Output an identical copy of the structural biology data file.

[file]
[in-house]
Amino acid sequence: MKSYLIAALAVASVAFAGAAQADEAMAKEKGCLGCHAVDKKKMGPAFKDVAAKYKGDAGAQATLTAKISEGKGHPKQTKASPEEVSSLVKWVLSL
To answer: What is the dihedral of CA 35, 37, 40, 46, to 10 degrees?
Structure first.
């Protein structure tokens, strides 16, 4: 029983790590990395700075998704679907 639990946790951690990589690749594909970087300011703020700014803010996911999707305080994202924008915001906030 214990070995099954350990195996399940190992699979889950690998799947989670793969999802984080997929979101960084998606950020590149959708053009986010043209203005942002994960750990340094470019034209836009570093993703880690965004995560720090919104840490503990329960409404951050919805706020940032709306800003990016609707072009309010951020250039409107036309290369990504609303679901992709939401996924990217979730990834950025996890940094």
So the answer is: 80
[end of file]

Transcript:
[in-house]
Amino acid sequence: MKSYLIAALAVASVAFAGAAQADEAMAKEKGCLGCHAVDKKKMGPAFKDVAAKYKGDAGAQATLTAKISEGKGHPKQTKASPEEVSSLVKWVLSL
To answer: What is the dihedral of CA 35, 37, 40, 46, to 10 degrees?
Structure first.
């Protein structure tokens, strides 16, 4: 029983790590990395700075998704679907 639990946790951690990589690749594909970087300011703020700014803010996911999707305080994202924008915001906030 214990070995099954350990195996399940190992699979889950690998799947989670793969999802984080997929979101960084998606950020590149959708053009986010043209203005942002994960750990340094470019034209836009570093993703880690965004995560720090919104840490503990329960409404951050919805706020940032709306800003990016609707072009309010951020250039409107036309290369990504609303679901992709939401996924990217979730990834950025996890940094």
So the answer is: 80